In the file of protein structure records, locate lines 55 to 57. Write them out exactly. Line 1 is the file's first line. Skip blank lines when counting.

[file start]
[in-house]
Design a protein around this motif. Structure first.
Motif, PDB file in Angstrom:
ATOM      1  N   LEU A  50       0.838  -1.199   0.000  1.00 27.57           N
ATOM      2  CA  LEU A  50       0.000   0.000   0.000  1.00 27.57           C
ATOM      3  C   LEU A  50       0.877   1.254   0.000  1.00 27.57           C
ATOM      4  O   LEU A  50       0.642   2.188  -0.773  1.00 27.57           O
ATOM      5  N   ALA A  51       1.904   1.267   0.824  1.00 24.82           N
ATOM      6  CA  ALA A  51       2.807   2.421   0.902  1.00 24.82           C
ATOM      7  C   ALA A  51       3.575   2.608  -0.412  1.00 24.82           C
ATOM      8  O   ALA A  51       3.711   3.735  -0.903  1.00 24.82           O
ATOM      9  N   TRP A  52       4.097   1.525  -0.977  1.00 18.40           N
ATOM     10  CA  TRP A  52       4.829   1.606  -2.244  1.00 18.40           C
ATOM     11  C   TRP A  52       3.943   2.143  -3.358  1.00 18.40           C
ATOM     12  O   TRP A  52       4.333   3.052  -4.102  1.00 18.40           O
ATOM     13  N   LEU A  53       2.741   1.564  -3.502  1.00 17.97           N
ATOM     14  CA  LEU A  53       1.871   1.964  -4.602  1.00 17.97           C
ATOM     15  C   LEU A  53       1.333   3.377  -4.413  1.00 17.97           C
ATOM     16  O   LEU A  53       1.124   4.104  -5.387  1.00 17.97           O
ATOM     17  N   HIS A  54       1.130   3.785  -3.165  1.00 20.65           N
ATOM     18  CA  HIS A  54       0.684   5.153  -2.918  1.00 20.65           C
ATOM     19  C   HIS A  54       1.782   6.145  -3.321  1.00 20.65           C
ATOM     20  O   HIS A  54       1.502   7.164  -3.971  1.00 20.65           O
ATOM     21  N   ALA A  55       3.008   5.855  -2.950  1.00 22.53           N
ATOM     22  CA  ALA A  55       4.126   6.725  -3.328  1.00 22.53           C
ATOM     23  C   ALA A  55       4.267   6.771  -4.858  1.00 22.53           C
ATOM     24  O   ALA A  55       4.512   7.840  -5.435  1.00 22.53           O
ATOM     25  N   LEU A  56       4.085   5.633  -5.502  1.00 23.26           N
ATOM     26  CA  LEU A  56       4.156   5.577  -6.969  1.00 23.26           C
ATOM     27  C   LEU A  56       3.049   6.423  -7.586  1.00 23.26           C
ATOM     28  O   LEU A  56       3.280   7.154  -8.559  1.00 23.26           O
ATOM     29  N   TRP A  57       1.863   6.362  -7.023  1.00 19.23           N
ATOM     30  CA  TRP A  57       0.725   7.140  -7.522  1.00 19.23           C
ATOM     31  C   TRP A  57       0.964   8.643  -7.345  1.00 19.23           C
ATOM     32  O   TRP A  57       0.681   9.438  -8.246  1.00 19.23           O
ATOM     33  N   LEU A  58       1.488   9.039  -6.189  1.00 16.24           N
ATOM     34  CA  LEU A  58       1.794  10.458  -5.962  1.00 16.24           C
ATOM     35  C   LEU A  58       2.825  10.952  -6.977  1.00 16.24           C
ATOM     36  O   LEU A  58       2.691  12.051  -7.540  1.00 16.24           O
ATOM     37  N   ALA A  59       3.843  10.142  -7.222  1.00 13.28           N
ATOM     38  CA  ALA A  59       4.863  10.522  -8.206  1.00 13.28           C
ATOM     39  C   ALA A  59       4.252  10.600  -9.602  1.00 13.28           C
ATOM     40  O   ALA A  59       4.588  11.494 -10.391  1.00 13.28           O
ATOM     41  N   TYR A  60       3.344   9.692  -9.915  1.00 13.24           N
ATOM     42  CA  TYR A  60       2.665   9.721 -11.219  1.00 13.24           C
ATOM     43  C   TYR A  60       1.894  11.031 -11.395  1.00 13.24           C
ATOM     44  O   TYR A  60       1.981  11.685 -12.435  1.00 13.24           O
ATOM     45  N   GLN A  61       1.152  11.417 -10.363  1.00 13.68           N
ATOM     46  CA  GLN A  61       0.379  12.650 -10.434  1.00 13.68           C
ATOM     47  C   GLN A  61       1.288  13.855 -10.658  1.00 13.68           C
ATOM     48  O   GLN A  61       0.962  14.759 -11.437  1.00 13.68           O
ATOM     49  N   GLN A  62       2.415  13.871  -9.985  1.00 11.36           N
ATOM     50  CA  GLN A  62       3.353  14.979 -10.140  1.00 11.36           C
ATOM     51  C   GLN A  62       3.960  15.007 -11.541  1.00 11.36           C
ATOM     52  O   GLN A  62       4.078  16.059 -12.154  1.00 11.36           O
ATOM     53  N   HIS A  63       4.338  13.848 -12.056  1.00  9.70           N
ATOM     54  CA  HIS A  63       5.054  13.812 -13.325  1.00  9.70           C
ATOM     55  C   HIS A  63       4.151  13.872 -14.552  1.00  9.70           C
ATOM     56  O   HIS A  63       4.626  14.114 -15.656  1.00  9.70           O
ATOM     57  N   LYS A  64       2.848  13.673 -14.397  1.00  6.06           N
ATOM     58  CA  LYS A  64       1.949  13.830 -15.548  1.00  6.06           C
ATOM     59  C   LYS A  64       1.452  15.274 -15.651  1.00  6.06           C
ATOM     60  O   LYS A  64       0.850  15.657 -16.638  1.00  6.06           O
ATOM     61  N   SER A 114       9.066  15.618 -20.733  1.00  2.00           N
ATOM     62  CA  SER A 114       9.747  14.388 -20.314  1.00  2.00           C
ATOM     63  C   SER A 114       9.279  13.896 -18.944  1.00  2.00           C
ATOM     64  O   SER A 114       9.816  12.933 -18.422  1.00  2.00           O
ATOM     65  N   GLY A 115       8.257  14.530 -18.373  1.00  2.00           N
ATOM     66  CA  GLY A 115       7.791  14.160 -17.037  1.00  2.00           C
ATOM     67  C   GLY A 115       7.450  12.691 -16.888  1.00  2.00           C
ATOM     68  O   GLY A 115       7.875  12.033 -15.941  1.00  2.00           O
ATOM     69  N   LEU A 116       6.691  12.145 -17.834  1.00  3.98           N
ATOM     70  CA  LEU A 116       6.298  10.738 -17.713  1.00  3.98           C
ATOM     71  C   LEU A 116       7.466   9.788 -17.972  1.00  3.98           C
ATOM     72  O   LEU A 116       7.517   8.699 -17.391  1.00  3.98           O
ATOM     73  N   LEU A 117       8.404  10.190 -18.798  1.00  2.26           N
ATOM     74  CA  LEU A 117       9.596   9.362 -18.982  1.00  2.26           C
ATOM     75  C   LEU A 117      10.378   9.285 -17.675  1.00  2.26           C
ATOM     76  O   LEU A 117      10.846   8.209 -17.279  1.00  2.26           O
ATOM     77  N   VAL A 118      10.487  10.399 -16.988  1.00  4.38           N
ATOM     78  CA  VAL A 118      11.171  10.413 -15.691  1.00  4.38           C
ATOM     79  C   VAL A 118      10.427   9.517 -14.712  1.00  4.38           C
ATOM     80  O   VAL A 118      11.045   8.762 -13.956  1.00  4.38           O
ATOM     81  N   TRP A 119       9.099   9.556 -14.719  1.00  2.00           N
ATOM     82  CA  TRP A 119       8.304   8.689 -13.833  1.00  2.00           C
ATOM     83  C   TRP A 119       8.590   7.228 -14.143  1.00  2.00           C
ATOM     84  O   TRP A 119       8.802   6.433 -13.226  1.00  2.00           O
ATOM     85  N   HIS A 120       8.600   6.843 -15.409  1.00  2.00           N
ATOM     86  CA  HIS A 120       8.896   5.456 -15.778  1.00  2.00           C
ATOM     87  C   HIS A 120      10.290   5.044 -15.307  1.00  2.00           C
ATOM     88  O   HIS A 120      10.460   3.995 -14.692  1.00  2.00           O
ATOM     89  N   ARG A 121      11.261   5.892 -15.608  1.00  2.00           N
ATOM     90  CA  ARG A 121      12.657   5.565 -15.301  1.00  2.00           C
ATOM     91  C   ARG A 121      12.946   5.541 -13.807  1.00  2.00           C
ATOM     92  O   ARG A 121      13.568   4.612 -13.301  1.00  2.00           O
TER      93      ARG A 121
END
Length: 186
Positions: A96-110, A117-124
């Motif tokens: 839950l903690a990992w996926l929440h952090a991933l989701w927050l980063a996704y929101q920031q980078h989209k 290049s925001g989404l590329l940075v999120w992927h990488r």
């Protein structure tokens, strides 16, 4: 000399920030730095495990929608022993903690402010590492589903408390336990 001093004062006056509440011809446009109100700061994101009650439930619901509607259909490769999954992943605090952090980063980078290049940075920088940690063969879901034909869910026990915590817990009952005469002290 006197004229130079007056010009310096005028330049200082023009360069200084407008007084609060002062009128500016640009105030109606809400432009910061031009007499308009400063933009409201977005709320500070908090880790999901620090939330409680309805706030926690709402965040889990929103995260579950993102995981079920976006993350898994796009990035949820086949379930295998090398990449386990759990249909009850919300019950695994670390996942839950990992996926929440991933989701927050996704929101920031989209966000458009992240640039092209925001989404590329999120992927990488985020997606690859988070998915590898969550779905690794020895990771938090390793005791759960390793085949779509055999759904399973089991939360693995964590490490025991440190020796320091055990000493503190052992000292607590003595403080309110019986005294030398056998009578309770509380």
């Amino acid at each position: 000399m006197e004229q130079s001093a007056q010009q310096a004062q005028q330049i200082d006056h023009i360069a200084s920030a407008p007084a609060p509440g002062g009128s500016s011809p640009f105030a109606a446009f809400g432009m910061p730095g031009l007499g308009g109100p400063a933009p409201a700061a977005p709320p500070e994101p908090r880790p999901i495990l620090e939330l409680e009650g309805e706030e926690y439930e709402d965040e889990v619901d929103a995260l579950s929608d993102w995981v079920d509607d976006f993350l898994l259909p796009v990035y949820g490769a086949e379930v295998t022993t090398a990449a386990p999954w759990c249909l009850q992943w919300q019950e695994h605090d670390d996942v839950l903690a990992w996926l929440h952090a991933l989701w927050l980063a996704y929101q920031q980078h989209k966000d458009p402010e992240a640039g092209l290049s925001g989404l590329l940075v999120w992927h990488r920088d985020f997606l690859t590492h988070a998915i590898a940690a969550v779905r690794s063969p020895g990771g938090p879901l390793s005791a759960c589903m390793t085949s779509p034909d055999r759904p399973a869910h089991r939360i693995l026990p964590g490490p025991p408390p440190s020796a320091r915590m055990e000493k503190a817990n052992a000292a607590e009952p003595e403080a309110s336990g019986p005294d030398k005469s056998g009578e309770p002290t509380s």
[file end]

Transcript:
ATOM     52  O   GLN A  62       4.078  16.059 -12.154  1.00 11.36           O
ATOM     53  N   HIS A  63       4.338  13.848 -12.056  1.00  9.70           N
ATOM     54  CA  HIS A  63       5.054  13.812 -13.325  1.00  9.70           C